Rutgers University Professor Gordon Schalow's book explores the role male friendship played in the literature of Japan's Heian Court and in doing so, gives the reader an in depth look into the mindset and sphere of influence that helped to define this era's literary output.
Says Schalow, "This study is concerned with clarifying how Heian literature articulates the nobleman's wish to be known and appreciated fully by another man - or what may be termed the hope of transcendence through male friendship." It should be noted that women played a different role in the Heian court and were looked upon as less than equal by their counterparts. A Japanese male wasn't concerned with how he was thought of by women. How he was thought of and regarded by men was a different matter. The court of that era consisted of approximately 5,000 men. A male member of the court therefore had to vie for position, status, rank, and attention. It was a competitive arena. How other males in the court thought of a male made or broke him. And if a lower level aristocrat wanted prominence and respect in the court, literary attainment was a good route to take.
Posits Schalow, "It is from the class of provincial governors, on the periphery of court power, that many of the greatest Heian writers emerged, a result perhaps of the tendency for people on the margins to develop a critical perspective and analytical consciousness towards centers of power. Thus, while a nobleman's aristocratic birth provided little solace in the face of his lack of political clout, at least literary attainments in the Chinese classics and Japanese poetry (or 'Yamato song' waka) could provide the basis for his participation in a cultural and aesthetic regime of power that emerged in relation to political power of the Fujiwara Regency. Verses and narratives depicting a disenfranchised hero who vied for the love of women and the friendship of men show that literature provided the Heian court with a cultural arena of the imagination, where power lost in the public realm might be recouped through the art of writing and reading."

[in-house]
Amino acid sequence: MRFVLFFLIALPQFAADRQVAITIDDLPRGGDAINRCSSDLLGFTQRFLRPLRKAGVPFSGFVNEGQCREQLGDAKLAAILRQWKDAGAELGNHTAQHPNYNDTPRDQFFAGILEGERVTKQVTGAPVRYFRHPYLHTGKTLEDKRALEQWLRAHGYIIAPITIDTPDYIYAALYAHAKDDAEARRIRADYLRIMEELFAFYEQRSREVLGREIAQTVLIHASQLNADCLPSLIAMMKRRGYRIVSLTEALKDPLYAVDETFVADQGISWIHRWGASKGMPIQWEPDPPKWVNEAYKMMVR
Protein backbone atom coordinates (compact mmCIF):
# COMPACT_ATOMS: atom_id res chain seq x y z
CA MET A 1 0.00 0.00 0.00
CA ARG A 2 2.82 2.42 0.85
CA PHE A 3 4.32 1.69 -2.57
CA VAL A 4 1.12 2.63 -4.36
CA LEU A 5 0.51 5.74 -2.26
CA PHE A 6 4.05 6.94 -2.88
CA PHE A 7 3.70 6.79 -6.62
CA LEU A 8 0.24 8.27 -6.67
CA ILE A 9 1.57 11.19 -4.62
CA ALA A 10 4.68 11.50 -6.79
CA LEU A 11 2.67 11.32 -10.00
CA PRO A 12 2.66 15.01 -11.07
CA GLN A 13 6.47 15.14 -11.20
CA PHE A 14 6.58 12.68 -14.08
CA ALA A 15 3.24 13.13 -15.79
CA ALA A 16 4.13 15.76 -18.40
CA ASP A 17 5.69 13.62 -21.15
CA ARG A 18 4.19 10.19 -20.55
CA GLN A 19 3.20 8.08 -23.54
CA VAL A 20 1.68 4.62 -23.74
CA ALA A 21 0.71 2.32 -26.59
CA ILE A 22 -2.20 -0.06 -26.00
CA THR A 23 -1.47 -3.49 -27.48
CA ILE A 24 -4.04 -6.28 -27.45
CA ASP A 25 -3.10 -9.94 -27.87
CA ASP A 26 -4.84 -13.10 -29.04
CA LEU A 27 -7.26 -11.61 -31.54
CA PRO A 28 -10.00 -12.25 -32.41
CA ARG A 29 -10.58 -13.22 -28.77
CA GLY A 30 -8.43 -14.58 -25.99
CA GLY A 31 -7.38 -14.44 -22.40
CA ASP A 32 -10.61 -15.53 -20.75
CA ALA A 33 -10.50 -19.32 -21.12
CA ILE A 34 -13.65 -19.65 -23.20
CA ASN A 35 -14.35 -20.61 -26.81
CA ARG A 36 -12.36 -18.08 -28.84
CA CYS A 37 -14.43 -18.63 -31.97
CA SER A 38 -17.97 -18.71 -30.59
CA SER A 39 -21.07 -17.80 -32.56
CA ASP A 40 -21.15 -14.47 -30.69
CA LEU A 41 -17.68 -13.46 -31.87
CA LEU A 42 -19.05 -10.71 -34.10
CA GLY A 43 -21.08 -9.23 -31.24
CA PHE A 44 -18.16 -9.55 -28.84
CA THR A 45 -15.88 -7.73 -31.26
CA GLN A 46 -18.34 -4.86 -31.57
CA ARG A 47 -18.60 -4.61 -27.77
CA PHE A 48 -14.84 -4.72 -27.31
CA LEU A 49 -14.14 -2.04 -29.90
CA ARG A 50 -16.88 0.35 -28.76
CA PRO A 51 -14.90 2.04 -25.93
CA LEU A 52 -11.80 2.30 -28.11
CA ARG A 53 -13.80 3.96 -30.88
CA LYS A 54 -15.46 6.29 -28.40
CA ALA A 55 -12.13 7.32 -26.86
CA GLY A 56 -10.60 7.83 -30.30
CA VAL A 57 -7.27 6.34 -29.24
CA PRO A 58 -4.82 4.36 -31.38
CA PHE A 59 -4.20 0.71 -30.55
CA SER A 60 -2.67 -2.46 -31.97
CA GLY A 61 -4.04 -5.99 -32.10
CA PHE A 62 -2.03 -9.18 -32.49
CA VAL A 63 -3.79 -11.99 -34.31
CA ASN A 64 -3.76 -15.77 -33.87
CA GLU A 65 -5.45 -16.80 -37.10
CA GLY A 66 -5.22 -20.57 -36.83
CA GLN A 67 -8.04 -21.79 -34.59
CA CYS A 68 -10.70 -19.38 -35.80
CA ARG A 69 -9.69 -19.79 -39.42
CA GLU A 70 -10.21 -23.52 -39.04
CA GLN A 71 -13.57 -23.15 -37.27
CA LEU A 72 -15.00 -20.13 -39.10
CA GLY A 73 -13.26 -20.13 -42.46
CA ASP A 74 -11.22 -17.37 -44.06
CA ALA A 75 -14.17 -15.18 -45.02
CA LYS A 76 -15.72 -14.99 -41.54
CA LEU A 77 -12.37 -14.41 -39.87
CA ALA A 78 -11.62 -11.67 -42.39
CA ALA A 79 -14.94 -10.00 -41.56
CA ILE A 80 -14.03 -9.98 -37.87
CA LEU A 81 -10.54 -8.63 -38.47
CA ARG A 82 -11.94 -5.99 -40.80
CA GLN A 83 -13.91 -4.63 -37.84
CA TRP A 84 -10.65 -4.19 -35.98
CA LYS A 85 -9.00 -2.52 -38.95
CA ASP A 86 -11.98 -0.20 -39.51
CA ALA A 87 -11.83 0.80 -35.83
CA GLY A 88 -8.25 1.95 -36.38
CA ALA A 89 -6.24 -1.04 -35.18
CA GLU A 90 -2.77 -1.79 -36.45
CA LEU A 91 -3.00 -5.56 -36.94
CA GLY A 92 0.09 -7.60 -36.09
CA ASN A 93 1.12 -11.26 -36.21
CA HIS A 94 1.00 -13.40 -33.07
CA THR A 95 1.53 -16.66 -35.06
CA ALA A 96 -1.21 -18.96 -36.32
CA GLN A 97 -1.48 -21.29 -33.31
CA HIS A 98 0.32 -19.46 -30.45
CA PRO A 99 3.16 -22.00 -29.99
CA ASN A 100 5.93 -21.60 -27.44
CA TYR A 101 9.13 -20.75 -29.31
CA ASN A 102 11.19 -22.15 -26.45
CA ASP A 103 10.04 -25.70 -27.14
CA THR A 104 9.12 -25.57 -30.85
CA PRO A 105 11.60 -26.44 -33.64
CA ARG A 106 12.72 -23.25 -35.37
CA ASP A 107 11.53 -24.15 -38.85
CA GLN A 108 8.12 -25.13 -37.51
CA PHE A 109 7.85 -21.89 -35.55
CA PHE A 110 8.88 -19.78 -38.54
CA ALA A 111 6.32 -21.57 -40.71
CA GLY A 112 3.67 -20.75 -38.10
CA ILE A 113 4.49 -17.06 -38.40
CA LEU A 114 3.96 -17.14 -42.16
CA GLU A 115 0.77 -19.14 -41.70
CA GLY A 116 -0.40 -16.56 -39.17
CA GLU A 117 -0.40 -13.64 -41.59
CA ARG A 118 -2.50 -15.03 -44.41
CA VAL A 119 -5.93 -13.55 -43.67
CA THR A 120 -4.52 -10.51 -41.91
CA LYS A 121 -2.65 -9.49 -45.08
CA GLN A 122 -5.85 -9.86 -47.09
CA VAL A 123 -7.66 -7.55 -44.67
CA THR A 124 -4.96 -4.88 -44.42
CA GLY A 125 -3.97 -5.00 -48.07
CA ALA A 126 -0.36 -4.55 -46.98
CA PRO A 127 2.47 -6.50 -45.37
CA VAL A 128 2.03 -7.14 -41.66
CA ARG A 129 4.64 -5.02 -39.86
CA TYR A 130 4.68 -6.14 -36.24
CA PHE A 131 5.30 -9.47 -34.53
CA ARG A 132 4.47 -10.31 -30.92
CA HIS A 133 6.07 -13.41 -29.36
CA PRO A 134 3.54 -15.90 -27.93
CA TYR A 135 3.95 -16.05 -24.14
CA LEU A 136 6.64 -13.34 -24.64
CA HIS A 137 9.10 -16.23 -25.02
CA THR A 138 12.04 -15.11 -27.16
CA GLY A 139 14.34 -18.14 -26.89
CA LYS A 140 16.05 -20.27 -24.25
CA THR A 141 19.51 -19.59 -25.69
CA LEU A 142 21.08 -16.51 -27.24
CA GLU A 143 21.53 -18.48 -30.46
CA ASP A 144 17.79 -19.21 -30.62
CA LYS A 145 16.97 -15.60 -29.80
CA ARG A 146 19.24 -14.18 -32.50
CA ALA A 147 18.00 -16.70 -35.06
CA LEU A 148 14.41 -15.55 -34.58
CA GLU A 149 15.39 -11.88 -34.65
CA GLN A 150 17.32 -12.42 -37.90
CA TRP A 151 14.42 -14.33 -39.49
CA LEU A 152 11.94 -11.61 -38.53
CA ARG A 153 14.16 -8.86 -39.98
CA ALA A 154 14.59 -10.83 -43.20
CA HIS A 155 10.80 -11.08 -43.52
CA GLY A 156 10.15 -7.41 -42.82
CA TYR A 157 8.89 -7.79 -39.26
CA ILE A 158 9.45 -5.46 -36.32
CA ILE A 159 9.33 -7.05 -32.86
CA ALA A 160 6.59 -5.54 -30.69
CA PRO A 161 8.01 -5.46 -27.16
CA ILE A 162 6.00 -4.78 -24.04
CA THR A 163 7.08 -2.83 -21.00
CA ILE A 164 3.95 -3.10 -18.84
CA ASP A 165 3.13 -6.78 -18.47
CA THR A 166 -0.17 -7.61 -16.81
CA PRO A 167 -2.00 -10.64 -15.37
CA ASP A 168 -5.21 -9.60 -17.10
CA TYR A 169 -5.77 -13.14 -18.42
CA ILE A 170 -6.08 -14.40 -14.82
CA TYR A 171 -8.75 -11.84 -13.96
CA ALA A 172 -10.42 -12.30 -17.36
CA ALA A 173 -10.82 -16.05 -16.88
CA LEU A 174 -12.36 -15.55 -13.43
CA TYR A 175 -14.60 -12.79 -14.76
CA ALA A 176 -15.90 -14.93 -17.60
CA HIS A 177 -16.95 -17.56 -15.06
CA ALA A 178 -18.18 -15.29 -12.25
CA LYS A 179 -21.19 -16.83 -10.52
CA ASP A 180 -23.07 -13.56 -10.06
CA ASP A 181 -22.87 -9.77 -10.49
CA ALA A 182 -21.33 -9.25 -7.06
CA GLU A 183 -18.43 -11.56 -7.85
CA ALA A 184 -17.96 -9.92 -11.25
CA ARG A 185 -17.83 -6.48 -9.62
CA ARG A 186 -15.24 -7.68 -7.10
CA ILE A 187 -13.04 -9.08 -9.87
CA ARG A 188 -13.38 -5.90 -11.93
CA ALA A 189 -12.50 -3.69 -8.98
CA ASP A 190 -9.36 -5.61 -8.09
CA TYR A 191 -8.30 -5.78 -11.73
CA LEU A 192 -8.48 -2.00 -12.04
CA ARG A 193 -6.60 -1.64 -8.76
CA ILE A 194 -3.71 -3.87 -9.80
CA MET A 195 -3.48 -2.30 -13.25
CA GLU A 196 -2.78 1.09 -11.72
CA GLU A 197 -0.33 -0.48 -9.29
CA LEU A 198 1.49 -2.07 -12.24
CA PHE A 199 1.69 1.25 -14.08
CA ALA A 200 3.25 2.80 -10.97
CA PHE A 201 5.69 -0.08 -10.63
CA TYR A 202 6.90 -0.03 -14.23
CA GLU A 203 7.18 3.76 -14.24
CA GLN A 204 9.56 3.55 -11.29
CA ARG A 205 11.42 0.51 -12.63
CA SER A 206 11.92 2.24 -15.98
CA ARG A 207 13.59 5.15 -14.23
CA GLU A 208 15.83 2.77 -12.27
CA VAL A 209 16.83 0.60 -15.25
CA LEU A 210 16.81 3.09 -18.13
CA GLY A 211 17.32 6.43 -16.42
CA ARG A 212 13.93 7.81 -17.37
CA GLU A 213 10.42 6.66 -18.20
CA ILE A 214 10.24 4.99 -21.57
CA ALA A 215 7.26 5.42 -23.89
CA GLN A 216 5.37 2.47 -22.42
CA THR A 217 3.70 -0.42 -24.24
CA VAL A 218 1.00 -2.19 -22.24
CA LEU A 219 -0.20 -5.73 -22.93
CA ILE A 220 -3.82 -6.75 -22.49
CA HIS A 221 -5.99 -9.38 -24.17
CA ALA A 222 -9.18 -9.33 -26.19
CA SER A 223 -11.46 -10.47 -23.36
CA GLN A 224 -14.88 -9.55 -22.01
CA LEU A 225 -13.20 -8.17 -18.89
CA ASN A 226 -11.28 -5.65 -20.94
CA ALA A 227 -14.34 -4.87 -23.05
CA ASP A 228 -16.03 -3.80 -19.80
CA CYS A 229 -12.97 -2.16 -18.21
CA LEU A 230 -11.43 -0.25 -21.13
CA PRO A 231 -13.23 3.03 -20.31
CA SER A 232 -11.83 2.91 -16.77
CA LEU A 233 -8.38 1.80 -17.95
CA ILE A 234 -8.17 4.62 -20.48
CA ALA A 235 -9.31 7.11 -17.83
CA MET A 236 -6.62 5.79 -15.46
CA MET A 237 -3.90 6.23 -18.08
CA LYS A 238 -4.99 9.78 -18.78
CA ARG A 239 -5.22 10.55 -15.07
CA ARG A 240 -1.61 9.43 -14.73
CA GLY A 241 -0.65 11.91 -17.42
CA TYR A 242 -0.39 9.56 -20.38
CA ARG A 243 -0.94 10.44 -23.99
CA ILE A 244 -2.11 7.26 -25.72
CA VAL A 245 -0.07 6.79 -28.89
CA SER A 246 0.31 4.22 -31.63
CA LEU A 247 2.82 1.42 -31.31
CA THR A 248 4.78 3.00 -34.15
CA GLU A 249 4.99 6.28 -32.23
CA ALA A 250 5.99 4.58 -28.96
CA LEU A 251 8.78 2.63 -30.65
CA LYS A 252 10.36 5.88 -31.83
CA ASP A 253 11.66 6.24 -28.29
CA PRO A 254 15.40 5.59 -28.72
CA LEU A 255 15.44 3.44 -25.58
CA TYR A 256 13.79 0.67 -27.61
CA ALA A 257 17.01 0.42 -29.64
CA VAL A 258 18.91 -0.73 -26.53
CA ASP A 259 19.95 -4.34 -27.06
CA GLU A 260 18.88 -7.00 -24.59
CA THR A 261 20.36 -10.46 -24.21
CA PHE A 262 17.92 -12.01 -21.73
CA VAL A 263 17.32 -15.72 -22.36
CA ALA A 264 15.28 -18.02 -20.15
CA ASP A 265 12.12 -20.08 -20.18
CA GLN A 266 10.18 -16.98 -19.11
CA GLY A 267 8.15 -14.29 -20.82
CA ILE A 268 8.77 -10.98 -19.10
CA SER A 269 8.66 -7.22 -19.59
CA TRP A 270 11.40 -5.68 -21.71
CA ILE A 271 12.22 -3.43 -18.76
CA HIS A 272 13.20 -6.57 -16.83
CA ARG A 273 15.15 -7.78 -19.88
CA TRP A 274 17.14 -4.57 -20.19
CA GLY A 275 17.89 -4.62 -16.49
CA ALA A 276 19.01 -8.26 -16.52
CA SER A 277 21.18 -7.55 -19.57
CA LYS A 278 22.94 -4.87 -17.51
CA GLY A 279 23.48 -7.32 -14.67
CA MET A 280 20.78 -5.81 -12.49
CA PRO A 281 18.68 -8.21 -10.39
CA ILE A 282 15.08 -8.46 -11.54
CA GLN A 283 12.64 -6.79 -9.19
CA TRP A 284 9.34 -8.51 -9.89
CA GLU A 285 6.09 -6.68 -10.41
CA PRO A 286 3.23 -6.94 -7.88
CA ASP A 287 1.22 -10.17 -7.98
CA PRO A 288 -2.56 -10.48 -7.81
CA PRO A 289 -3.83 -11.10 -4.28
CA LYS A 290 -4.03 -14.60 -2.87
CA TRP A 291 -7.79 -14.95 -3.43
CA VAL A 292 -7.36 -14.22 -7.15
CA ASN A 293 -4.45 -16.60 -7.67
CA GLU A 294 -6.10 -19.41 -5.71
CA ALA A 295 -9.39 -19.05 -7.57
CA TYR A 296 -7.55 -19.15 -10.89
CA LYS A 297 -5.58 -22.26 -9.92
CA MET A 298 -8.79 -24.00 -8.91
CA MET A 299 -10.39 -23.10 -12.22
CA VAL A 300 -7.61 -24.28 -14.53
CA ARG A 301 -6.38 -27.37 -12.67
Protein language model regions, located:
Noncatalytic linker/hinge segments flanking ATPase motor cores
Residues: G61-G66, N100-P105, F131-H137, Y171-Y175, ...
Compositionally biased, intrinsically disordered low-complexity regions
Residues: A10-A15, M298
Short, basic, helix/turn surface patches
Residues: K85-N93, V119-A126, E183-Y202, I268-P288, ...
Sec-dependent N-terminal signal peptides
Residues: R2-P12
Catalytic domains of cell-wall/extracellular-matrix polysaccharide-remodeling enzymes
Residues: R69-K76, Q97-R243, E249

Take, for example, the following waka, expressing male friendship, which is almost indistinguishable from a love poem between a man and a woman:
wakaruredo ureshiku mo aru ka koyoi yori ai minu yori nani o koimashi
although we part / I am filled with happiness / for now I wonder / whom I might have thought I loved / before we two met tonight
Says Schalow, "It expresses feelings of longing for a Prince he has just met. The headnote reads, 'Composed on parting from Prince Kanemi after first conversing with him.'"
How Japanese male members of the Imperial Court viewed one another is culturally different from how modern Japanese men view one another, and even more foreign to Western views. It would be easy for a Westerner, unfamiliar with the text and the culture of that time, to think the author of the waka was expressing something other than heterosexual male bonding:
Lute, poetry, wine—my friends all have deserted me;
snow, moon, flowers—these seasons, I most often think of you.
Bo Ju-yi (Chinese Tang Dynasty poet)
This kind of male bonding wasn't indigenous to Japan. As you can see by the above poem excerpted from Schalow's text, which was included in Fujiwara no Kinto's anthology Wakan roei shu, it was part of the Chinese culture as well. China had a vital influence on Japanese poetry and the way members of the Imperial court viewed and understood the world around them. Aristocrats in the Japanese court were expected to read and write poetry in the Chinese language. Immersion in the mindset and language of another culture cannot help influencing a person's thinking.
Schalow covers in depth the similarity of both cultures in relationship to male bonding and how one influenced the other.
". . . the deepest experience of friendship resides in the friend's absence, not in his presence. In a poem about friends who are absent, the reader is forced to imagine a moment when the pleasure of shared camaraderie is past—whether in the contexts of music, poetry, or wine or in the seasons of snow, moonlight, or flowering trees—and only then is he prepared to comprehend what Bo Ju-yi would have called the 'truth' of friendship."
Schalow's book covers the subject of male friendship in depth. Readers are also given more insight into the contributions of Chinese poetry and philosophy to Japanese poetry.
To fully understand a waka from another era, one must do his homework. And thanks to scholars like Schalow, we have some good reference books to help us in this endeavor.